77. In the RC Fitzpatrick talks about and answers to some of the things he was said to have done. You can find the RC in full online. Of course, that would be just his side of it.

  78. Wow a full copyright breach of NKF for all to see and defamation of a county court employee. I'm guessing a complaint will be made to blogger and another bad mark on DEEceitfuls sleeve. One step closer to closing this blog down, Quick Dee you had better use you exceptional moderation skills and delete the real truth.

  79. I am wondering which of the hypocrites on NKF who vow never to Post on my blog posted this one? As I have been predicting all year their efforts will be directed at trying to silence me rather than to defend their silly dogmas. As for "full copyright breach of NKF for all to see and defamation of a county court employee” – get a life you idiot!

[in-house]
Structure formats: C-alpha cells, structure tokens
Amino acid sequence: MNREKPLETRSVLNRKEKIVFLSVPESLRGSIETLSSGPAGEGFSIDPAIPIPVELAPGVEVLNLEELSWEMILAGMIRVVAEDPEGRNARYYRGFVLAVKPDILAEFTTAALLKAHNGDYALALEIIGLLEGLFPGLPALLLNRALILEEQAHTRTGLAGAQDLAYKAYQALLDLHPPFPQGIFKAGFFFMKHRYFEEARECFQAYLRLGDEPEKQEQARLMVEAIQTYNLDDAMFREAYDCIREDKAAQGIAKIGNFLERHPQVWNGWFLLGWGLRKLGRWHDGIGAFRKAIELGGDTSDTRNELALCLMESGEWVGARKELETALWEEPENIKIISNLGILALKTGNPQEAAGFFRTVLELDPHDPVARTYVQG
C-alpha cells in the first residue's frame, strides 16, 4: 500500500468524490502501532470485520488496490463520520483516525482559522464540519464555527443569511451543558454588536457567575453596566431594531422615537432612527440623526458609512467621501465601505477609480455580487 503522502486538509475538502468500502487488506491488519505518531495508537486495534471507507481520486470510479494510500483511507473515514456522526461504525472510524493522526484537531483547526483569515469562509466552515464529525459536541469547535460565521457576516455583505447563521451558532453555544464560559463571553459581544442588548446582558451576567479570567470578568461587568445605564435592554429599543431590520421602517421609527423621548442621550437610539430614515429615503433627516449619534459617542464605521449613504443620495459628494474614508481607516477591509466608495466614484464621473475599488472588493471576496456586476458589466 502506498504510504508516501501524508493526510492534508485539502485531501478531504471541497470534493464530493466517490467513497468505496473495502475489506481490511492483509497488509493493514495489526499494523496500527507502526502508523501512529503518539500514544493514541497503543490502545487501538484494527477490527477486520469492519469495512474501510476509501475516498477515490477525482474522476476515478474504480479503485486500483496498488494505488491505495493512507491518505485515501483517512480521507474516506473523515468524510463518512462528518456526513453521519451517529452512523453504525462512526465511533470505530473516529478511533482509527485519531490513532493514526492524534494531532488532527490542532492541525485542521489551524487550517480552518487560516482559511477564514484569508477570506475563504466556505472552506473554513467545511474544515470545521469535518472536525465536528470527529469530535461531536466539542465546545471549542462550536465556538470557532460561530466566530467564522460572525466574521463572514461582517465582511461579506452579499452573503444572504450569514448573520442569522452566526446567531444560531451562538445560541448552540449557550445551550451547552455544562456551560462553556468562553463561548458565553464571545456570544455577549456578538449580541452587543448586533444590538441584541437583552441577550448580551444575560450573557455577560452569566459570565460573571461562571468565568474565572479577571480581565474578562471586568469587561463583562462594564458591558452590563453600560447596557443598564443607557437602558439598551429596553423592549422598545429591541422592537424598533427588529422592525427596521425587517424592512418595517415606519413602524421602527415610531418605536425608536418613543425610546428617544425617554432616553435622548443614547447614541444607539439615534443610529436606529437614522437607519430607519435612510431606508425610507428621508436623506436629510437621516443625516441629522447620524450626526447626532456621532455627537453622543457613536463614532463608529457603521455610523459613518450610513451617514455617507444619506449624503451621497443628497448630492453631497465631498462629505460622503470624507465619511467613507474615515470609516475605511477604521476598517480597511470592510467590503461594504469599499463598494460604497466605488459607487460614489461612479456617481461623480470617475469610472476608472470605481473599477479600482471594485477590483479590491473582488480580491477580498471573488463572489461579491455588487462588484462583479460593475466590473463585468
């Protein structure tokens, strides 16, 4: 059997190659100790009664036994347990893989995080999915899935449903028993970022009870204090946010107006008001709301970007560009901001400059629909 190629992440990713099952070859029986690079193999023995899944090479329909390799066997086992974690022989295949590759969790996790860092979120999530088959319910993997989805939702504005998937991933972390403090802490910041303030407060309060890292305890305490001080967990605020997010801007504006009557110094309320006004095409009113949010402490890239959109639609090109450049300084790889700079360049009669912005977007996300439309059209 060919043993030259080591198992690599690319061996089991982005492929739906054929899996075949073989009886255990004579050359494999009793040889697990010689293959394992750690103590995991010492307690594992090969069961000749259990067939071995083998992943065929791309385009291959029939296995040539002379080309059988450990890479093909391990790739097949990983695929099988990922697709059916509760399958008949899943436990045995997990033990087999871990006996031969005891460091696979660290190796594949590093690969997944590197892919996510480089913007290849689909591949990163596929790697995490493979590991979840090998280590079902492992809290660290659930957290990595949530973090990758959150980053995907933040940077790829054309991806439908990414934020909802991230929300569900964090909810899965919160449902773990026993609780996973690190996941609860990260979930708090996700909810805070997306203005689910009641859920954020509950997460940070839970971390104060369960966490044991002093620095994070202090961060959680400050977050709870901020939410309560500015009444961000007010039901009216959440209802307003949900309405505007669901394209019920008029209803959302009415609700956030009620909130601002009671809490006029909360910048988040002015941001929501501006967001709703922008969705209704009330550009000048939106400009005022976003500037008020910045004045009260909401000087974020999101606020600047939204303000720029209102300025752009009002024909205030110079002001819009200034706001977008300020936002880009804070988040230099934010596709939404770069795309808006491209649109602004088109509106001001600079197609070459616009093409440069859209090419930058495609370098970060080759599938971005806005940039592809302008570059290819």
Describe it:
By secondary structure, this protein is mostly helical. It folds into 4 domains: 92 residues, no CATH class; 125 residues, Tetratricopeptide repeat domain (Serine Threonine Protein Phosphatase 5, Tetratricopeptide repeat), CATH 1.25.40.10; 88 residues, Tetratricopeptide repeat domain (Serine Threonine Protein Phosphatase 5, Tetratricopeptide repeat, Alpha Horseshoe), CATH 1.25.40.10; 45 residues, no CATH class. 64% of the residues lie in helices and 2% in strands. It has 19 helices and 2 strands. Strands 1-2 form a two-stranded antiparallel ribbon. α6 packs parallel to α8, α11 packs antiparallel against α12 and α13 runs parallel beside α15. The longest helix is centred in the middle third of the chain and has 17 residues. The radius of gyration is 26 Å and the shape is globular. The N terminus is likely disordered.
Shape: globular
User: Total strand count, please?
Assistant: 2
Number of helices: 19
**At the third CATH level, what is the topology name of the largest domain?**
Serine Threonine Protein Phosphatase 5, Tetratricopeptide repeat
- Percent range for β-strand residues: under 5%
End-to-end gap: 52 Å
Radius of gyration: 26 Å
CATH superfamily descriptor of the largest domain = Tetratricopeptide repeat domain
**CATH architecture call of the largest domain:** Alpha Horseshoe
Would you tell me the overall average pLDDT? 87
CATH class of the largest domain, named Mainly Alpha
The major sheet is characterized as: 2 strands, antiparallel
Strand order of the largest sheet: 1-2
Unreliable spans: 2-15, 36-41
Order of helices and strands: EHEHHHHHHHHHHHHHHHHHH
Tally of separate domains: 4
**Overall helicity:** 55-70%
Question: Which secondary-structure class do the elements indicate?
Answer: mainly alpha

80. Many thanks Gary says: Reply

    Thanks I think are due to Gary Dean for the downloadable, searchable RC, one of many resources provided by Mr Dean.

  81. Yes, Gary was the first one to put it online long before anyone else did. Kudos to him for that. I also like to use the one available through the Uni of Melbourne that shows the actual images of the Royal Commission's book pages and it can be searched also. They also have other related documents like the Second Progress report and so on.

  82. Not sure if Gary Dean's Royal Commission RC is searchable, I could not ?
    Neither helpful was PROV. For that reason long time ago I had uploaded the RC as a HTML file.